About 60 mental health care professionals — including nurses, doctors and support staff — will be working in the facility, which will treat people with a number of conditions, including schizophrenia, bipolar disorder and major depression.

The hospital is expected to initially open two units, for adults and adolescents, each equipped with about 20beds. Another unit for seniors is expected to open in the future as the need grows.

County officials said they are particularly excited about services for seniors and adolescents. There has not been inpatient services for teens in Sonoma County since the mid-1980s.

The new state-of-the-art psychiatric facility is owned by Southern California-based Aurora Behavioral Health Care, which bought the property in late 2009 and has invested more than $4 million to renovate the campus since June 2011.

Aurora, a for-profit private hospital, operates seven other hospitals around the country, including four facilities in Southern California, one in Chicago and two in Arizona.

The Santa Rosa hospital was originally supposed to open sometime in 2010, within a year of Aurora's purchase of the building, but construction delays repeatedly have pushed back the opening date.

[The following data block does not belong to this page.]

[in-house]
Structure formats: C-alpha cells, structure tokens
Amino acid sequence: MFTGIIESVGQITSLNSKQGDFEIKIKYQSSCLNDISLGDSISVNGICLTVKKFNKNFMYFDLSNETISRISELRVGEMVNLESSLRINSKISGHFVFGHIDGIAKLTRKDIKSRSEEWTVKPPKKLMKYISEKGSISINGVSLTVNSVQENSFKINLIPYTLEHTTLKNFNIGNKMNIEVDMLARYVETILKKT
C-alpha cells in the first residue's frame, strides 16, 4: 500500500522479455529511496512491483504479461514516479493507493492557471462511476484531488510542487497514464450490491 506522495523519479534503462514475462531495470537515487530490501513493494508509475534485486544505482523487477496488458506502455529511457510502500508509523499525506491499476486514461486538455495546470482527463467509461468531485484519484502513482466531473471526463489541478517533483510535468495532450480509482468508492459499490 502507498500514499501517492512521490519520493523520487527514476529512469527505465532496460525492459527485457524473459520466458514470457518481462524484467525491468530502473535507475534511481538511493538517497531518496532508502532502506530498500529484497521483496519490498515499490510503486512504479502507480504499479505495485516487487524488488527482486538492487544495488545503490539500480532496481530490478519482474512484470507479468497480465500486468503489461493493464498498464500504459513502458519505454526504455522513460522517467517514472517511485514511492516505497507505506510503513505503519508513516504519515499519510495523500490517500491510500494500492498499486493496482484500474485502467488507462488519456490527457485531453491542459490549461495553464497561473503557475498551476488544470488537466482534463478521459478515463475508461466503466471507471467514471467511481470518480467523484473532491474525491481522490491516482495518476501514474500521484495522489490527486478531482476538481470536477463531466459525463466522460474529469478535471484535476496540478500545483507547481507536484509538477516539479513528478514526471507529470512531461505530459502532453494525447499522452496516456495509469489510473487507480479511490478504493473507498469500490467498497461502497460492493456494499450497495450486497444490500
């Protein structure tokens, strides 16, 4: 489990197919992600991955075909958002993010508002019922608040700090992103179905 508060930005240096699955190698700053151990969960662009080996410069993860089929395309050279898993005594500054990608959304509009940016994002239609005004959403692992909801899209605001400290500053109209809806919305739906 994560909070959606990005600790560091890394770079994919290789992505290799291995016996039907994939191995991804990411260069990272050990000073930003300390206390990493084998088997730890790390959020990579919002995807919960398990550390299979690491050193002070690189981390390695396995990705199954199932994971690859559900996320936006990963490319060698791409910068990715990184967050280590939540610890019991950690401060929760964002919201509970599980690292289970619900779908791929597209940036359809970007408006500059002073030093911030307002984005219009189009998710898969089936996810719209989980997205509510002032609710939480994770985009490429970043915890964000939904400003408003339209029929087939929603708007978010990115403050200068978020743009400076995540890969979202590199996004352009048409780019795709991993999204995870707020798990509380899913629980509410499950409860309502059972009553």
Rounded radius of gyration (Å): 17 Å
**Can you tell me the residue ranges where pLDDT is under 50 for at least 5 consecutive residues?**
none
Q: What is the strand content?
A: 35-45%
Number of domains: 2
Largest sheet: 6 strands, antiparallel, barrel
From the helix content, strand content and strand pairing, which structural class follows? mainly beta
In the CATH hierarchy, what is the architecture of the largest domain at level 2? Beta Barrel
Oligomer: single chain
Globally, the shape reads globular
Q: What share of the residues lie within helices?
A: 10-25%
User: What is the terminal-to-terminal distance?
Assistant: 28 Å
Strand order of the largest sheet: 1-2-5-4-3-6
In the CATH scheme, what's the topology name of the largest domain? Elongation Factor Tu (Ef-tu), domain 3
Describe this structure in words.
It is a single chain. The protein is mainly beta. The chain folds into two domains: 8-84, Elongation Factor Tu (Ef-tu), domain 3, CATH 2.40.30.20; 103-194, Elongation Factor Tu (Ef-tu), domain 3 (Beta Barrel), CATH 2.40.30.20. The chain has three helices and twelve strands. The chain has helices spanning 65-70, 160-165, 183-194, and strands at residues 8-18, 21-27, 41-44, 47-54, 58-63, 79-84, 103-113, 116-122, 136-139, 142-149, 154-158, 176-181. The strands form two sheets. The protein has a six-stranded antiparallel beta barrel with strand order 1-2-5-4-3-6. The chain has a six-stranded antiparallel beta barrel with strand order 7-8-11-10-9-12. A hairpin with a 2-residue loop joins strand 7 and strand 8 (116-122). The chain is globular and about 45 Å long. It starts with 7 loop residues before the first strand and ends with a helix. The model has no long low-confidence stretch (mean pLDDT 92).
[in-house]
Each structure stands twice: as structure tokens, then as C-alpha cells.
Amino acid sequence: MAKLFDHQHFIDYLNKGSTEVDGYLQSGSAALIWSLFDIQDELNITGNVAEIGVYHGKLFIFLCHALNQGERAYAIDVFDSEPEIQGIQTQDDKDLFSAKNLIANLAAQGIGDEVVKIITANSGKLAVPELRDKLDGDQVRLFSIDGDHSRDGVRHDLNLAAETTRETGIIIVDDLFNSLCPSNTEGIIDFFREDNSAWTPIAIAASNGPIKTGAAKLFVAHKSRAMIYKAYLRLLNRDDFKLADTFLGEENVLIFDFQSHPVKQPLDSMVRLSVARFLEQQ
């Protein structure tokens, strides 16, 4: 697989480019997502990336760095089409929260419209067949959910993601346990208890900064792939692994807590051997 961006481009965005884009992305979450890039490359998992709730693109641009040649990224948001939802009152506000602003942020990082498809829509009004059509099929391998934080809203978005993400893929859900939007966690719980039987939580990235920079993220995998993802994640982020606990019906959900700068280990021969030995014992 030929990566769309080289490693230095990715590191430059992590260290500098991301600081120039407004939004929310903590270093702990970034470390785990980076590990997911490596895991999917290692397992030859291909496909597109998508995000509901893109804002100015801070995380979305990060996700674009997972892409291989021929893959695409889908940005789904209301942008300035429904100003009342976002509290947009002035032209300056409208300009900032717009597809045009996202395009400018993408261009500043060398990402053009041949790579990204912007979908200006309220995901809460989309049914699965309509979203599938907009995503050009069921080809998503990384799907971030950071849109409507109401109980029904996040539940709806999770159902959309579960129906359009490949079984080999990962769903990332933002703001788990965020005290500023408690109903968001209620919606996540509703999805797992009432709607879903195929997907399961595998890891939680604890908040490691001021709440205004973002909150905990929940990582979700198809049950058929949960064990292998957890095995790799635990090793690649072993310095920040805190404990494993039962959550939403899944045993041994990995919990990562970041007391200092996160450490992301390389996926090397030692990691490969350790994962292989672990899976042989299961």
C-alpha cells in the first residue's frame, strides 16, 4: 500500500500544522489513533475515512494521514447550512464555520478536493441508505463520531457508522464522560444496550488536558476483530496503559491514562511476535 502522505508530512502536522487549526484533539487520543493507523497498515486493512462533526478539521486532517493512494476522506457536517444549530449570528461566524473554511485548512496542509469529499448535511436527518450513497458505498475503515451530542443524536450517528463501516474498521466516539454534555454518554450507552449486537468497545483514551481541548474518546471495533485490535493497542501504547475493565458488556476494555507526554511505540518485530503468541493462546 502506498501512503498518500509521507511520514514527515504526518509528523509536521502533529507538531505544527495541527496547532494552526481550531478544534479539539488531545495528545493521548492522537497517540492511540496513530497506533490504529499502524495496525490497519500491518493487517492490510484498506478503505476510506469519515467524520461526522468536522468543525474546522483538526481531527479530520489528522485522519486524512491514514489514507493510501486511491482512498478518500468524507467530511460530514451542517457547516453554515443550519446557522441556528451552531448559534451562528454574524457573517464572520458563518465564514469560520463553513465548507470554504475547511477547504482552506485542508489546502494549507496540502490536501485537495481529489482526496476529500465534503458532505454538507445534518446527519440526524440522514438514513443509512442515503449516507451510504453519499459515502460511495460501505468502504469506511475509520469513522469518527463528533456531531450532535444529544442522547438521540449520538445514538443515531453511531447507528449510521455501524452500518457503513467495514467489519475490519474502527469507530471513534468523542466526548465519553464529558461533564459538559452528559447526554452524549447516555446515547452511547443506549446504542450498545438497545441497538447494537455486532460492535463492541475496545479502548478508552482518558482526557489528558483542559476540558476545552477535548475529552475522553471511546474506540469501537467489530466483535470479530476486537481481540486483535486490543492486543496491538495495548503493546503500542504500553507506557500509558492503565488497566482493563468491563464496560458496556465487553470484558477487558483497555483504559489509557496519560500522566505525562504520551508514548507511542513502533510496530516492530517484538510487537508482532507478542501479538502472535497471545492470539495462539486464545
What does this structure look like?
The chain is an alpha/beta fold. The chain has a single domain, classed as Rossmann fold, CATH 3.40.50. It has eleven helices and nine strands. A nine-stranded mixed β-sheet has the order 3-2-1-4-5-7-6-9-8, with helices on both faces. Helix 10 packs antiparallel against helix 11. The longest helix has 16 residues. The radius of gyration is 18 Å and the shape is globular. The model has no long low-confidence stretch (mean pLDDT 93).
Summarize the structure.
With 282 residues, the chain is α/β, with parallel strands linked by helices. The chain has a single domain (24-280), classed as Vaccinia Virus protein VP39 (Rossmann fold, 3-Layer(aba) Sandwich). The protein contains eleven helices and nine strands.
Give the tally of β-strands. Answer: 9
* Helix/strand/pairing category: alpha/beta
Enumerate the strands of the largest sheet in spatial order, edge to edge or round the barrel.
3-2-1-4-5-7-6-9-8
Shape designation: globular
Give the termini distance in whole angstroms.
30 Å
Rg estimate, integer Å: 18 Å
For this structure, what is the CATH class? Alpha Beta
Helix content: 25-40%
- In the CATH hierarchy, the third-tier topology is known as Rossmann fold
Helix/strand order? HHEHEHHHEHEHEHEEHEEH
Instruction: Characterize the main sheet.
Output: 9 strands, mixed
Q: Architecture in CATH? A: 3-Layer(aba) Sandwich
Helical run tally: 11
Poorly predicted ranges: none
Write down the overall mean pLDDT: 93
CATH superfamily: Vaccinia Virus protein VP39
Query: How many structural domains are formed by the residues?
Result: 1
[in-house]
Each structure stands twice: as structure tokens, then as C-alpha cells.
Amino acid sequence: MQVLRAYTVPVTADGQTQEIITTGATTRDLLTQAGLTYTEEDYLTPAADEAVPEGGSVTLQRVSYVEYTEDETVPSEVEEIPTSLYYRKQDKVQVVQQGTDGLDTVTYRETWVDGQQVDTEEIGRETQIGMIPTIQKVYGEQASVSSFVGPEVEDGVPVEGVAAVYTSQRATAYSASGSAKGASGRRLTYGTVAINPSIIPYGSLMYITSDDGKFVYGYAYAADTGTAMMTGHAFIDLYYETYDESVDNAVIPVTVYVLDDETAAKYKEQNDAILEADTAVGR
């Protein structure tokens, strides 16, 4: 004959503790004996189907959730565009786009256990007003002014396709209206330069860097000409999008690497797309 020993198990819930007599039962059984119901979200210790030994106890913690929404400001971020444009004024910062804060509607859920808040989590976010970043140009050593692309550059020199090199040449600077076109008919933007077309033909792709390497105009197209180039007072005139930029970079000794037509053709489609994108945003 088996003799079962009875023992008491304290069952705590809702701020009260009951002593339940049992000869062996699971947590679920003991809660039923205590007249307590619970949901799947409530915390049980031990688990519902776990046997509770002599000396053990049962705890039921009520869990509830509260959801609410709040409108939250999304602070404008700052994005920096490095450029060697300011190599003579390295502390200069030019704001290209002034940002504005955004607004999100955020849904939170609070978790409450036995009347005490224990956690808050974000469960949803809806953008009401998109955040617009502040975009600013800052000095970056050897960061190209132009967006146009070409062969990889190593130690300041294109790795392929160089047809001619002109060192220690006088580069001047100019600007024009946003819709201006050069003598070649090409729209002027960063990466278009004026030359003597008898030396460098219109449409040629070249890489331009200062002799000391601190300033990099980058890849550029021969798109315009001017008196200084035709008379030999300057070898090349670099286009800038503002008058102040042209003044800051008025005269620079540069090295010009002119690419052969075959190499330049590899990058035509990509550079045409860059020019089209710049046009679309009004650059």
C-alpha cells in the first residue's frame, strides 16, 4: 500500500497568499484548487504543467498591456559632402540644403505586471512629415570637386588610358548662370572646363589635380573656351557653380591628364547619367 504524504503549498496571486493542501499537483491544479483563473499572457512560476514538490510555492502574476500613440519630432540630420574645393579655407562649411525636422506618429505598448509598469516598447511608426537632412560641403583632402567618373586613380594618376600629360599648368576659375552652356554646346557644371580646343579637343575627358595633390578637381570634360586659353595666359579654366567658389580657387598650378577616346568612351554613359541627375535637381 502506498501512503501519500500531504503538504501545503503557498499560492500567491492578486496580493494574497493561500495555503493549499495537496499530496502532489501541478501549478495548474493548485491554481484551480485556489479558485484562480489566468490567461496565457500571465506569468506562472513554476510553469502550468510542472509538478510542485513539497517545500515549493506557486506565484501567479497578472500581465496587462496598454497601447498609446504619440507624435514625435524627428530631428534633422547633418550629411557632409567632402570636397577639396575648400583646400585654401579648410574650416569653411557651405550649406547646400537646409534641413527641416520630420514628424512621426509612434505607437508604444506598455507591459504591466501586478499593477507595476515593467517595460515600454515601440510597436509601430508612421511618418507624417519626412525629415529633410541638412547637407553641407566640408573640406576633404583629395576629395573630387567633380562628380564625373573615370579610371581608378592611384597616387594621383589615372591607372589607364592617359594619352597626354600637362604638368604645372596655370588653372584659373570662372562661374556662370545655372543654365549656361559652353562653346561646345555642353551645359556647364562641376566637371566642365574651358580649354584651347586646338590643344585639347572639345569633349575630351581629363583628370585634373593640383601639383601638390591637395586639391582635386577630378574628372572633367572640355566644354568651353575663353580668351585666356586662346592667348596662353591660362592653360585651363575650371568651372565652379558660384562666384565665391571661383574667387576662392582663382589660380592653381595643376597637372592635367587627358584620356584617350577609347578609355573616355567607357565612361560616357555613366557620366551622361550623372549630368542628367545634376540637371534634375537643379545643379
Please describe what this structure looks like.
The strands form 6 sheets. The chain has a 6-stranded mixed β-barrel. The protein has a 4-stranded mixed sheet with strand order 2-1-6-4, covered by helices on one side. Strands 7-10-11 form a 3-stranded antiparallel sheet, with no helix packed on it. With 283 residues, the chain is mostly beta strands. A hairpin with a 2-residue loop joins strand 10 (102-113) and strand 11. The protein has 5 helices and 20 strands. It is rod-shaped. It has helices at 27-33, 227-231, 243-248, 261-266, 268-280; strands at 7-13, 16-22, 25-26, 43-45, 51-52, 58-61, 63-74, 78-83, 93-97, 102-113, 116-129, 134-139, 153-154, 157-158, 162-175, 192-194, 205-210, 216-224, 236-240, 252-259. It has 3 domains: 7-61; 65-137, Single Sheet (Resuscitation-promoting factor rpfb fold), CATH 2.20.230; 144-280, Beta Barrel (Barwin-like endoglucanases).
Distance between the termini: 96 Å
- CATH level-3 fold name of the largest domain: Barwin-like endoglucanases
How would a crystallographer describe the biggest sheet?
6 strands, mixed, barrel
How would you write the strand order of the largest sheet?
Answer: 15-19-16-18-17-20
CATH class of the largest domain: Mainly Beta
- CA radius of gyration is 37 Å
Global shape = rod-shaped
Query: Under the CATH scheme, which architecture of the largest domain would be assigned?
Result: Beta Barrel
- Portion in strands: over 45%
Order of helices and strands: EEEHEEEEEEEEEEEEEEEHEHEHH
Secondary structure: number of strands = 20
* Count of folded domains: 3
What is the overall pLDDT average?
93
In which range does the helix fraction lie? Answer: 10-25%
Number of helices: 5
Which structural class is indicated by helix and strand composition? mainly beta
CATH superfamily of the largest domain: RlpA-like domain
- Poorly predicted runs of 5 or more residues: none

The work required to bring the facility up to current state and federal standards for health care facilities has been extensive. The entire building had to be gutted down to the frame before renovations could begin.

To oversee the hospital, Aurora brought in Ken Meibert, a veteran CEO of psychiatric facilities, including Sierra Vista Hospital in Sacramento, which he ran for nine years.

Meibert said Sierra Vista was constructed by the same builder who erected the Fulton Road facility and the two structures have nearly identical footprints. That insight has been helpful in planning the resurrection of the Santa Rosa hospital, he said.

“I know safety features. I know things that need to be built in,” Meibert said.